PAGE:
• Thyroid function
  • Calcium
  • Diabetes tests
  • Lying and Standing Norepinephrine Levels
  • Echocardiogram
  • Exercise test
  • Autonomic Screening Tests

* Be aware that this is considered an autonomic disease…
It is yet unknown exactly what causes PoTS in most cases. It is known to follow viral illnesses, but also linked to pregnancy and traumatic events.

There are also other conditions associated with PoTS such as follows:

  • Joint Hypermobility Syndrome
  • Low Blood Pressure
  • Chronic Fatigue Syndrome – some researchers believe there is a correlation between these two syndromes as it is estimated that PoTS affects about ? of people with Chronic Fatigue Syndrome.
  • Inappropriate Sinus Tachycardia (IST)
  • Autoimmune Conditions – Treatment of these underlying conditions that may or may not be associated with PoTS, can in fact improve the symptoms.

* Multiple Sclerosis, Pure Autonomic Failure, Multiple System Atrophy (MSA), Diabetes, Lyme Disease, Cancer and Alcoholism are all conditions believed to be associated with PoTS.

Fluids Intake

Most doctors seem to believe that lifestyle changes may actually be the cultivation of controlling symptoms. This doesn’t mean the patient is cured, just more comfortable. Here are a few things you can do to improve your condition if you are suffering from this rare yet violent condition.

Fluids

  • Experts recommend 2-3 liters per day, most likely they’re expecting you to drink water. It is noted that symptoms may be worse in the morning and therefore drinking a couple glasses of water can help to elevate the dropping blood pressure.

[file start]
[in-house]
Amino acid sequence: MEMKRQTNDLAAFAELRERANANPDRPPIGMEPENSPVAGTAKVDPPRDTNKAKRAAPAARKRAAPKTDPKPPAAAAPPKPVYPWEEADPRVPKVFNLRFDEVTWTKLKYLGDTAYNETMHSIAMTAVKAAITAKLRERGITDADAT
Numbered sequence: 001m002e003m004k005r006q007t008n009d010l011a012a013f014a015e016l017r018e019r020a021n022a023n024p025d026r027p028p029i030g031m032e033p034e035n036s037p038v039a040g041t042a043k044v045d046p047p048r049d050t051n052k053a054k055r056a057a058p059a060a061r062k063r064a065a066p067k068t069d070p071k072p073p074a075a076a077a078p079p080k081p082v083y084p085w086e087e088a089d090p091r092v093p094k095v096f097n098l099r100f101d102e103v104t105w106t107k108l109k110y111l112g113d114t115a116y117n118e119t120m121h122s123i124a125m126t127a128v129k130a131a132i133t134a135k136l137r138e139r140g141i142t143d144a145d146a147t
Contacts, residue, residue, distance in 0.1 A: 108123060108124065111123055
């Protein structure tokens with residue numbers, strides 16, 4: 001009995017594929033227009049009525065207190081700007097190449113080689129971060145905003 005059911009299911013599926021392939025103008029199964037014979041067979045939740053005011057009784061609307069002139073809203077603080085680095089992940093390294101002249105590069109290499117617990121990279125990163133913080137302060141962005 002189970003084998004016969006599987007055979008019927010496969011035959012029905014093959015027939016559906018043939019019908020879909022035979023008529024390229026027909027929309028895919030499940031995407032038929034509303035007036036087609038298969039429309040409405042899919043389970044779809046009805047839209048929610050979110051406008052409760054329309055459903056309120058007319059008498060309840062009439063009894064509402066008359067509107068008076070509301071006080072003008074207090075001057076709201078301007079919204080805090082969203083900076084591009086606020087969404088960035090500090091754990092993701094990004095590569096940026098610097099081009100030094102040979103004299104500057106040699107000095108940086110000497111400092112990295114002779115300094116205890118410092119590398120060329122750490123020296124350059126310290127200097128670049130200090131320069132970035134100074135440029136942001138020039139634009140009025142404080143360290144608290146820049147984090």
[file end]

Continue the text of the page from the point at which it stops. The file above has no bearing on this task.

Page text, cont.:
• Alcohol dilates blood vessels- making symptoms worse!
  • There are mixed opinions on coffee and other caffeinated drinks regarding worsening and/or helpful to symptoms. Beware.

Food and Salt

Who would have thought the doctors would recommend a high salt intake on a daily basis. In some cases- up to 10 grams per day.

Posture

Because one of the more prominent symptoms of this disorder is fainting, you need to take notice of early warning signs when it comes to the possibility of fainting.

  • Lightheadedness
  • Dizziness
  • Nausea

Lie down right away, elevating your legs. This should help to alleviate some of the discomfort.

Temperature Regulation

As we have discussed, heat worsens symptoms. In order to prevent overheating, try dressing in layers so that clothes can be removed. Experts recommend extra salt and fluid intake if you feel hot or sweat more often.

Fitness

Wanna CURE? – get your exercise! –

It might be a long road though because initially, physical exertion can worsen PoTS symptoms so it’s important to factor in recovery time. But you might focus on leg and core strength which helps to keep the blood pumping back to the heart.

Must watch out this video

There are lists of lifestyle changes one can make to alleviate or cure symptoms of PoTS. Talk with your doctor frequently to manage your symptoms.

In some cases, medication may be recommended. It’s a tricky process because there are no drugs that have currently been licensed or approved for this use. Make sure you’re having continual conversations with your doctor depending on the severity of your symptoms and recovery.